I’m just wrapping up my first week with my new fall interns! And I’m exhausted haha. I now have 2 interns from the fall plus my part-time assistant Haley who was my intern this summer. While I’m excited to have a growing team, managing 3 people at once (2 of which had to be taught a lot) is very tiring haha. Managing interns as a freelancer can feel weird, but I have to remember that I am a small business and that my business is more than just me!
Anyways, I’ve gotten a lot of questions about where I find interns and how I manage them, so I decided to put together a quick post. If you have any further questions, feel free to leave a comment!
Where To Find (Free) Interns
This is the easy part (at least for me lol). There are so many places to post your job listing, but if you’re trying to find FREE interns (where the intern must receive school credit), you’ll have to be mindful of when you post the job listing so that you can interview and offer them the internship before their semester begins.
Here are my favorite places to post internship listings:
- My blog (and promote it on my social media & newsletter)
- Directly contacting the local university and getting in touch with the internship coordinator (most schools are on handshake.com, but some aren’t)
I like to leave the application up for at least 2-3 weeks, and I leave about 1.5 weeks after that to interview them before the start the internship. So, if you’re planning ahead, you should post your listings about a month before the interns would need to start.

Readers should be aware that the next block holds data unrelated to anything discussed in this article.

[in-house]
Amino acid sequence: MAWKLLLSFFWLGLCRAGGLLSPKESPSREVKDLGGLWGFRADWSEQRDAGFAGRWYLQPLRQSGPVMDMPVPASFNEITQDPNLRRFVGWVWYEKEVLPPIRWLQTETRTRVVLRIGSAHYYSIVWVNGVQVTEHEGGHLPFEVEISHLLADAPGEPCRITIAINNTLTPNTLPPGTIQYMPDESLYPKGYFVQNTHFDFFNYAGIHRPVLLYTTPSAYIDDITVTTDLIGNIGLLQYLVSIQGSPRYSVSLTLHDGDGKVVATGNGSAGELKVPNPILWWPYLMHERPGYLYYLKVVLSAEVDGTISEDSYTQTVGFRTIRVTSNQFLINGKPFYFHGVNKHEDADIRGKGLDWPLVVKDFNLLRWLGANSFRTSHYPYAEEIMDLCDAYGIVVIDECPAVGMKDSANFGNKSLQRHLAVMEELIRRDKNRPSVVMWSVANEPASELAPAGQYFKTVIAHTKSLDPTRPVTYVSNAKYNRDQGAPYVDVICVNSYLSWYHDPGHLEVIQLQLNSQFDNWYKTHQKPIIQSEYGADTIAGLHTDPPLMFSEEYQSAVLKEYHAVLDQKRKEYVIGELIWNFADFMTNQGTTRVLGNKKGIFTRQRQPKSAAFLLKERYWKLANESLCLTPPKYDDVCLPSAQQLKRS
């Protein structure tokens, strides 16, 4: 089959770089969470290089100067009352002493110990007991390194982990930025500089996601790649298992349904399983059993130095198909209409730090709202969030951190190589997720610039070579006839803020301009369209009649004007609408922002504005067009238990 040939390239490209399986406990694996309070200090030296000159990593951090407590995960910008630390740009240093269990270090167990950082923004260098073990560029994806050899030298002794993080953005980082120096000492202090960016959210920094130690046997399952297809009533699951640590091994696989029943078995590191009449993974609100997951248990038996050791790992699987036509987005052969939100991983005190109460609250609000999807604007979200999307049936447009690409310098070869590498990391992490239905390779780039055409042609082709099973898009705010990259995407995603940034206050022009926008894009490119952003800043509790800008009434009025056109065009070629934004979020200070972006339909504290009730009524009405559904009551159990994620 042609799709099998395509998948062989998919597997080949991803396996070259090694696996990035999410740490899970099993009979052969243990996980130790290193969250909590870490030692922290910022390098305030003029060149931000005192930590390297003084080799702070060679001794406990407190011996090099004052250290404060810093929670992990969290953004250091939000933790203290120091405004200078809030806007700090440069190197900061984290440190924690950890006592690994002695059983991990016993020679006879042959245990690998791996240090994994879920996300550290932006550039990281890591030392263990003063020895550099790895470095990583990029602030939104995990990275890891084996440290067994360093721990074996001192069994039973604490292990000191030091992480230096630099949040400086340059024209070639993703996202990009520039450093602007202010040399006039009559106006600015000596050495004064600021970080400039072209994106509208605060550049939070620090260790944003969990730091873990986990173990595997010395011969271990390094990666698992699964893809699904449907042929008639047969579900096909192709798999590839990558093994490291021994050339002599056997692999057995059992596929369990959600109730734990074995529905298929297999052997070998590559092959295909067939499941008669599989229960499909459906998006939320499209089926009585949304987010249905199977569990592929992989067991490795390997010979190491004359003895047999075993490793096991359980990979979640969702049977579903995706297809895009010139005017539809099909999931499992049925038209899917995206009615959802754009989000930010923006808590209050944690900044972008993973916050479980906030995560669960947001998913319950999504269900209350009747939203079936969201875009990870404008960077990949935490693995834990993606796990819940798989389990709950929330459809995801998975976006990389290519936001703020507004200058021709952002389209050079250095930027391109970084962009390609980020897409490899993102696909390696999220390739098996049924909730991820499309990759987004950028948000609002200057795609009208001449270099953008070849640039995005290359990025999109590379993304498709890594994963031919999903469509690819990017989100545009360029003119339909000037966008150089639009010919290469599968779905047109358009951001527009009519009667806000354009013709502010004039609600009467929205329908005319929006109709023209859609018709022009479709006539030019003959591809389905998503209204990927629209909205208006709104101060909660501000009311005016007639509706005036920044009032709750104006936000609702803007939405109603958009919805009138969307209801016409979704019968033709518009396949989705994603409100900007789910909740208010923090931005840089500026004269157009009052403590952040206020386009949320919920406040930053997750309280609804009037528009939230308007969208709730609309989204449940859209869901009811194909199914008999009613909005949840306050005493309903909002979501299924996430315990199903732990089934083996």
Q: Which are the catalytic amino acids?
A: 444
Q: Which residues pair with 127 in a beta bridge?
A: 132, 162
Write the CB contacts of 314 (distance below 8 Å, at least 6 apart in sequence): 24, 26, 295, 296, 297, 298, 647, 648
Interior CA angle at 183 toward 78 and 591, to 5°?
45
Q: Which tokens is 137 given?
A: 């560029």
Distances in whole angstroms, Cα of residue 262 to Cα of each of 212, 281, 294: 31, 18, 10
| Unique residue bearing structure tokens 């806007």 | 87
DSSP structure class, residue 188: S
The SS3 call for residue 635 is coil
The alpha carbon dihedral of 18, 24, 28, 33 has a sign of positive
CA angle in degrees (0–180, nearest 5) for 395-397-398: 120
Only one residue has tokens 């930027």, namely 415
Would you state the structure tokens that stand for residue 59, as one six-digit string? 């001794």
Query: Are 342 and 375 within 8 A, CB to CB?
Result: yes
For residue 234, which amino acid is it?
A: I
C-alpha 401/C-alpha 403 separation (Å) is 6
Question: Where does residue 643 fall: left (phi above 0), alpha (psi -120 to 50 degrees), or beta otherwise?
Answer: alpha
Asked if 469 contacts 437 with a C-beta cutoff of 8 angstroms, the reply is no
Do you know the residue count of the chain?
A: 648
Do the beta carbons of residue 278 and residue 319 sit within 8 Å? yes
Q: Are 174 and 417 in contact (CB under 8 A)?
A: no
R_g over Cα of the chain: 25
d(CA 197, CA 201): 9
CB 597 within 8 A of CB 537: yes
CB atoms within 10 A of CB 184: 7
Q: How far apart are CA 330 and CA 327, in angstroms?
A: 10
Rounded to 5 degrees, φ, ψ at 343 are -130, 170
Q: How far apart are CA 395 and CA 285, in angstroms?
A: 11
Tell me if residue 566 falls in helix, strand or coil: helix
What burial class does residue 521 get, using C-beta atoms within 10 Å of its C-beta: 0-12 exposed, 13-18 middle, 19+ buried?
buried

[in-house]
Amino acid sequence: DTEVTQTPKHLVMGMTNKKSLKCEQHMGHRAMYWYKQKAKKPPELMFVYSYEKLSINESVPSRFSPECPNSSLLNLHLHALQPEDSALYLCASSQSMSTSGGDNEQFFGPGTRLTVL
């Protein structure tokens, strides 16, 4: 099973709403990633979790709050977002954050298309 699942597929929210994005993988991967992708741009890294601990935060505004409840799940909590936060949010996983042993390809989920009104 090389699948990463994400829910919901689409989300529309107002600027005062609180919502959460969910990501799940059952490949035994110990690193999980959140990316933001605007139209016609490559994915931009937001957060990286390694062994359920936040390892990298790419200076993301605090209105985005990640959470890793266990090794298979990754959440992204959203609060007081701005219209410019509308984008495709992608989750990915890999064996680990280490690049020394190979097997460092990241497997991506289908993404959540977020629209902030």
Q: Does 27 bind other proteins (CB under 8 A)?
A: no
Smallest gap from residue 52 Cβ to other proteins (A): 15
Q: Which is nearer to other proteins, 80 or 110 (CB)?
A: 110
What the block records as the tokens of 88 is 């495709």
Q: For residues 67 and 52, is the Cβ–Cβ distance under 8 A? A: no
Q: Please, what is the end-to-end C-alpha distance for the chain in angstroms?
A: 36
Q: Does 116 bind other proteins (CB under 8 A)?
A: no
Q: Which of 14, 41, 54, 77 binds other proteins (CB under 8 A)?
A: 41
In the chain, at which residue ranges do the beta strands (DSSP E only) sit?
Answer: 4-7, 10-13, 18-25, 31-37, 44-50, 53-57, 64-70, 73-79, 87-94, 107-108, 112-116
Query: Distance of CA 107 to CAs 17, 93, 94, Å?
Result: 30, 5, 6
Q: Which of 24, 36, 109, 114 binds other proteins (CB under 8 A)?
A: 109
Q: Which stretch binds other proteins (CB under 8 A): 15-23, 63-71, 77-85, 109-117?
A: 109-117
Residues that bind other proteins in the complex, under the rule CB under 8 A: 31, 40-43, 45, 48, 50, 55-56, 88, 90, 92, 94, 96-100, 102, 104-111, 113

My Internship Interview Process
Unfortunately with most unpaid internships, you’re more likely to get unqualified applicants. This means it’s EXTRA important to weed through to get the good ones (trust me, there’s nothing worst than having an intern who you have to babysit – it’ll create more work for you in the long-run). My interview process work something like this:
- Review all applicants’ resumes & cover letters
- Narrow it to my top 4-5
- Contact the top 4-5 and invite them to a 15 minute phone interview
- On the phone interview, get a feel if we would get along and if I’d enjoy working with them. Here are some questions I ask:
- Tell me about yourself
- Tell me about your [industry] experience
- Do you have experience writing in multiple voices?
- What social media scheduling tools have you used?
- What are your long-term career goals?
- Are you available [for the internship duration/ X hours per week]?
- Invite my favorites to complete a project so I can gage their social media skills
- Offer internship to top 2 candidates (and wait for them to confirm/accept before letting the others know you went with other candidates, as sometimes they get other offers)
You’ll typically need to sign some paperwork for their school and then sign off on their hours as the semester continues on.
How To Manage Interns
Once your interns start, I would definitely recommend renting out a co-working space so you have a place to meet with your interns (if you don’t already have an office, of course). I go to Deskhub in Scottsdale (more on my experience at Deskhub here) which I like because they have a larger common area where my team & I can work together and I can also rent out conference rooms for presentations and trainings.
I use Asana to help me manage & delegate tasks. I organize my Clients into Projects to keep client work organized, and I have a separate “team” for my personal tasks that mainly relate to my blog, website, and newsletter.
I used to feel awkward giving interns feedback or criticism, but looking back on all my past internships, I remember the ones where I learned the most was when I was given constructive feedback to improve my skills. If an intern screws up, let them know, but teach them how to do better next time.
Hope these tips helped!